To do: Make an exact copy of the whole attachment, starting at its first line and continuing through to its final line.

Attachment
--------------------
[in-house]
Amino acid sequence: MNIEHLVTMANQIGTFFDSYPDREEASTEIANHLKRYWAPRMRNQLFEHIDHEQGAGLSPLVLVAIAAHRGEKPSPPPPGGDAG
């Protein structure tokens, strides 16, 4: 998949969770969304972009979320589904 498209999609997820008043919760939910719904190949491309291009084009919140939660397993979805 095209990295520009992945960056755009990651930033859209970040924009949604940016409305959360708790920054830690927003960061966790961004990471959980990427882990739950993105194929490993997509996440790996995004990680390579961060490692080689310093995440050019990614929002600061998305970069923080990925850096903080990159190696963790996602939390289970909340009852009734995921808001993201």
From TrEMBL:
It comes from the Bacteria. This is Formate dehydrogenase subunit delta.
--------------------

[in-house]
Amino acid sequence: MNIEHLVTMANQIGTFFDSYPDREEASTEIANHLKRYWAPRMRNQLFEHIDHEQGAGLSPLVLVAIAAHRGEKPSPPPPGGDAG
């Protein structure tokens, strides 16, 4: 998949969770969304972009979320589904 498209999609997820008043919760939910719904190949491309291009084009919140939660397993979805 095209990295520009992945960056755009990651930033859209970040924009949604940016409305959360708790920054830690927003960061966790961004990471959980990427882990739950993105194929490993997509996440790996995004990680390579961060490692080689310093995440050019990614929002600061998305970069923080990925850096903080990159190696963790996602939390289970909340009852009734995921808001993201």
From TrEMBL:
It comes from the Bacteria. This is Formate dehydrogenase subunit delta.